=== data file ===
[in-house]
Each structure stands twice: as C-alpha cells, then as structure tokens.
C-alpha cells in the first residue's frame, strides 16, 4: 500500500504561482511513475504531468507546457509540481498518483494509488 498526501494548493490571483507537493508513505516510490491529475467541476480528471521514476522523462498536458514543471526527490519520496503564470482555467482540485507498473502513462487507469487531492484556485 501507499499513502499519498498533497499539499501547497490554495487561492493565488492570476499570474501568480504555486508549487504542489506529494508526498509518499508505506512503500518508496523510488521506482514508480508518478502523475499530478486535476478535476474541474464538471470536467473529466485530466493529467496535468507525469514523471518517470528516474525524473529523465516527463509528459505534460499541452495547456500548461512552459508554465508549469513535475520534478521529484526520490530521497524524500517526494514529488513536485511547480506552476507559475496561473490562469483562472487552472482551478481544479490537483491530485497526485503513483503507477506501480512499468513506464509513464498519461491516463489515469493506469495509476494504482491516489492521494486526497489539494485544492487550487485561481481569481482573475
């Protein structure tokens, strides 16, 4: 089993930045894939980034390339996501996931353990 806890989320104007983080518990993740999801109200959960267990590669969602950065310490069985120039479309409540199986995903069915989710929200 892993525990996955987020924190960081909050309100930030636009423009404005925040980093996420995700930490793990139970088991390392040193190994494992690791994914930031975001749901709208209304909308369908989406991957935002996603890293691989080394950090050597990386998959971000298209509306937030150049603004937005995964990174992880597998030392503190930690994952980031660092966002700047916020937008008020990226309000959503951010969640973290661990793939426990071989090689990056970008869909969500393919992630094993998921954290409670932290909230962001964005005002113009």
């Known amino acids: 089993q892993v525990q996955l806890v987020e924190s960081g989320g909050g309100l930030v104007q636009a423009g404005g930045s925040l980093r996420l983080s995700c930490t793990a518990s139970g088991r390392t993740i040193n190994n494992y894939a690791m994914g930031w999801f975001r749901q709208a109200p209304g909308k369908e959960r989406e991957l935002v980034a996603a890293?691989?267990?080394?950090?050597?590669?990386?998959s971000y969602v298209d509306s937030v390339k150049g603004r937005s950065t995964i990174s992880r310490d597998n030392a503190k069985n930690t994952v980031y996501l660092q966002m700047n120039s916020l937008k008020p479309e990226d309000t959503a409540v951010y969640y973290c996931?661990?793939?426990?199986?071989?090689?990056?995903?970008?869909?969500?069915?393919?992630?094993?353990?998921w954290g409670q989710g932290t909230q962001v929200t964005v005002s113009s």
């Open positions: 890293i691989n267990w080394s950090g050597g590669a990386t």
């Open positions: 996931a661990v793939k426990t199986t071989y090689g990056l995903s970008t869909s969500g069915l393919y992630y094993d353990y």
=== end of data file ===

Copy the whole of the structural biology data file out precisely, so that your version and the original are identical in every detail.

[in-house]
Each structure stands twice: as C-alpha cells, then as structure tokens.
C-alpha cells in the first residue's frame, strides 16, 4: 500500500504561482511513475504531468507546457509540481498518483494509488 498526501494548493490571483507537493508513505516510490491529475467541476480528471521514476522523462498536458514543471526527490519520496503564470482555467482540485507498473502513462487507469487531492484556485 501507499499513502499519498498533497499539499501547497490554495487561492493565488492570476499570474501568480504555486508549487504542489506529494508526498509518499508505506512503500518508496523510488521506482514508480508518478502523475499530478486535476478535476474541474464538471470536467473529466485530466493529467496535468507525469514523471518517470528516474525524473529523465516527463509528459505534460499541452495547456500548461512552459508554465508549469513535475520534478521529484526520490530521497524524500517526494514529488513536485511547480506552476507559475496561473490562469483562472487552472482551478481544479490537483491530485497526485503513483503507477506501480512499468513506464509513464498519461491516463489515469493506469495509476494504482491516489492521494486526497489539494485544492487550487485561481481569481482573475
């Protein structure tokens, strides 16, 4: 089993930045894939980034390339996501996931353990 806890989320104007983080518990993740999801109200959960267990590669969602950065310490069985120039479309409540199986995903069915989710929200 892993525990996955987020924190960081909050309100930030636009423009404005925040980093996420995700930490793990139970088991390392040193190994494992690791994914930031975001749901709208209304909308369908989406991957935002996603890293691989080394950090050597990386998959971000298209509306937030150049603004937005995964990174992880597998030392503190930690994952980031660092966002700047916020937008008020990226309000959503951010969640973290661990793939426990071989090689990056970008869909969500393919992630094993998921954290409670932290909230962001964005005002113009």
């Known amino acids: 089993q892993v525990q996955l806890v987020e924190s960081g989320g909050g309100l930030v104007q636009a423009g404005g930045s925040l980093r996420l983080s995700c930490t793990a518990s139970g088991r390392t993740i040193n190994n494992y894939a690791m994914g930031w999801f975001r749901q709208a109200p209304g909308k369908e959960r989406e991957l935002v980034a996603a890293?691989?267990?080394?950090?050597?590669?990386?998959s971000y969602v298209d509306s937030v390339k150049g603004r937005s950065t995964i990174s992880r310490d597998n030392a503190k069985n930690t994952v980031y996501l660092q966002m700047n120039s916020l937008k008020p479309e990226d309000t959503a409540v951010y969640y973290c996931?661990?793939?426990?199986?071989?090689?990056?995903?970008?869909?969500?069915?393919?992630?094993?353990?998921w954290g409670q989710g932290t909230q962001v929200t964005v005002s113009s």
């Open positions: 890293i691989n267990w080394s950090g050597g590669a990386t």
């Open positions: 996931a661990v793939k426990t199986t071989y090689g990056l995903s970008t869909s969500g069915l393919y992630y094993d353990y």